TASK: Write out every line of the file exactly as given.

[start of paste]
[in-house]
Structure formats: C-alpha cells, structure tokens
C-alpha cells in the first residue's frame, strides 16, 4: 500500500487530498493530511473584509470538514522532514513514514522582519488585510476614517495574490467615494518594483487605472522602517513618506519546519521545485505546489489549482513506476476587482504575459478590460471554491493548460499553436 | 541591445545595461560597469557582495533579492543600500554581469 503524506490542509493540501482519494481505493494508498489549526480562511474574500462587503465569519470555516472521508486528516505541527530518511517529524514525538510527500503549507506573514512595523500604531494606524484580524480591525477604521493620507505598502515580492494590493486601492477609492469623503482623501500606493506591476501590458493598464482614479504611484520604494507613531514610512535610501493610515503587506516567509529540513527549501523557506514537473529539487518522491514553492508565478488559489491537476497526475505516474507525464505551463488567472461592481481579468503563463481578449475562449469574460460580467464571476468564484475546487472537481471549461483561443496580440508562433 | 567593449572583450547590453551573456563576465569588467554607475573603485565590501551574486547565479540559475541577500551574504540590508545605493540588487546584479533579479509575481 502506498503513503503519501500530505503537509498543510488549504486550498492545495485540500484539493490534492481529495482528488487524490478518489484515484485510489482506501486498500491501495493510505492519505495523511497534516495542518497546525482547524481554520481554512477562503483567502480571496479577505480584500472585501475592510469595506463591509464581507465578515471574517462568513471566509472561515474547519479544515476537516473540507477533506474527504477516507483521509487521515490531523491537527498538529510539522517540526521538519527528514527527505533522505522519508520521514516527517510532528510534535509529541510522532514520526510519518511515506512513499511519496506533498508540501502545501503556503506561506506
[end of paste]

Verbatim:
[in-house]
Structure formats: C-alpha cells, structure tokens
C-alpha cells in the first residue's frame, strides 16, 4: 500500500487530498493530511473584509470538514522532514513514514522582519488585510476614517495574490467615494518594483487605472522602517513618506519546519521545485505546489489549482513506476476587482504575459478590460471554491493548460499553436 | 541591445545595461560597469557582495533579492543600500554581469 503524506490542509493540501482519494481505493494508498489549526480562511474574500462587503465569519470555516472521508486528516505541527530518511517529524514525538510527500503549507506573514512595523500604531494606524484580524480591525477604521493620507505598502515580492494590493486601492477609492469623503482623501500606493506591476501590458493598464482614479504611484520604494507613531514610512535610501493610515503587506516567509529540513527549501523557506514537473529539487518522491514553492508565478488559489491537476497526475505516474507525464505551463488567472461592481481579468503563463481578449475562449469574460460580467464571476468564484475546487472537481471549461483561443496580440508562433 | 567593449572583450547590453551573456563576465569588467554607475573603485565590501551574486547565479540559475541577500551574504540590508545605493540588487546584479533579479509575481 502506498503513503503519501500530505503537509498543510488549504486550498492545495485540500484539493490534492481529495482528488487524490478518489484515484485510489482506501486498500491501495493510505492519505495523511497534516495542518497546525482547524481554520481554512477562503483567502480571496479577505480584500472585501475592510469595506463591509464581507465578515471574517462568513471566509472561515474547519479544515476537516473540507477533506474527504477516507483521509487521515490531523491537527498538529510539522517540526521538519527528514527527505533522505522519508520521514516527517510532528510534535509529541510522532514520526510519518511515506512513499511519496506533498508540501502545501503556503506561506506